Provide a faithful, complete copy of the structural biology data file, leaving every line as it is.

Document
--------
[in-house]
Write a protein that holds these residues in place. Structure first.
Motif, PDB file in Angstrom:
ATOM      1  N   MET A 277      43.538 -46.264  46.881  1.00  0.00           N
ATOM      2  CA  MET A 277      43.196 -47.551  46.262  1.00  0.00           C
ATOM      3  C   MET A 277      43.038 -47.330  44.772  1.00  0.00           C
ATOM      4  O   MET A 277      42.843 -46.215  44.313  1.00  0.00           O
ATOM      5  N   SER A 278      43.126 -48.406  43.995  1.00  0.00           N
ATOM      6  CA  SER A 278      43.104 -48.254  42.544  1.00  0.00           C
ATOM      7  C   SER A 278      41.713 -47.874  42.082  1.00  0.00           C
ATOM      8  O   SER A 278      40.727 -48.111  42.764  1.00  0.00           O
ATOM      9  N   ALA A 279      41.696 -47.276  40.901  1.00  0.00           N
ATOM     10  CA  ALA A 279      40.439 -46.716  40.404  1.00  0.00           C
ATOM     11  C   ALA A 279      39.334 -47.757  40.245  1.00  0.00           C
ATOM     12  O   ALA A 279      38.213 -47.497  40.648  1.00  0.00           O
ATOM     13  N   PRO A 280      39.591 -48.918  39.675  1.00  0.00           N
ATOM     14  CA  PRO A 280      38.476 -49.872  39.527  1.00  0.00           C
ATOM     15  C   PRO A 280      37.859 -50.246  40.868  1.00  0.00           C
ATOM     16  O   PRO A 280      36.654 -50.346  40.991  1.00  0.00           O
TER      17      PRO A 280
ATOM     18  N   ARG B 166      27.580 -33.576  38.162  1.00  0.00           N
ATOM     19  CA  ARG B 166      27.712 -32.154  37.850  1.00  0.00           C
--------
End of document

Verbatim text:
[in-house]
Write a protein that holds these residues in place. Structure first.
Motif, PDB file in Angstrom:
ATOM      1  N   MET A 277      43.538 -46.264  46.881  1.00  0.00           N
ATOM      2  CA  MET A 277      43.196 -47.551  46.262  1.00  0.00           C
ATOM      3  C   MET A 277      43.038 -47.330  44.772  1.00  0.00           C
ATOM      4  O   MET A 277      42.843 -46.215  44.313  1.00  0.00           O
ATOM      5  N   SER A 278      43.126 -48.406  43.995  1.00  0.00           N
ATOM      6  CA  SER A 278      43.104 -48.254  42.544  1.00  0.00           C
ATOM      7  C   SER A 278      41.713 -47.874  42.082  1.00  0.00           C
ATOM      8  O   SER A 278      40.727 -48.111  42.764  1.00  0.00           O
ATOM      9  N   ALA A 279      41.696 -47.276  40.901  1.00  0.00           N
ATOM     10  CA  ALA A 279      40.439 -46.716  40.404  1.00  0.00           C
ATOM     11  C   ALA A 279      39.334 -47.757  40.245  1.00  0.00           C
ATOM     12  O   ALA A 279      38.213 -47.497  40.648  1.00  0.00           O
ATOM     13  N   PRO A 280      39.591 -48.918  39.675  1.00  0.00           N
ATOM     14  CA  PRO A 280      38.476 -49.872  39.527  1.00  0.00           C
ATOM     15  C   PRO A 280      37.859 -50.246  40.868  1.00  0.00           C
ATOM     16  O   PRO A 280      36.654 -50.346  40.991  1.00  0.00           O
TER      17      PRO A 280
ATOM     18  N   ARG B 166      27.580 -33.576  38.162  1.00  0.00           N
ATOM     19  CA  ARG B 166      27.712 -32.154  37.850  1.00  0.00           C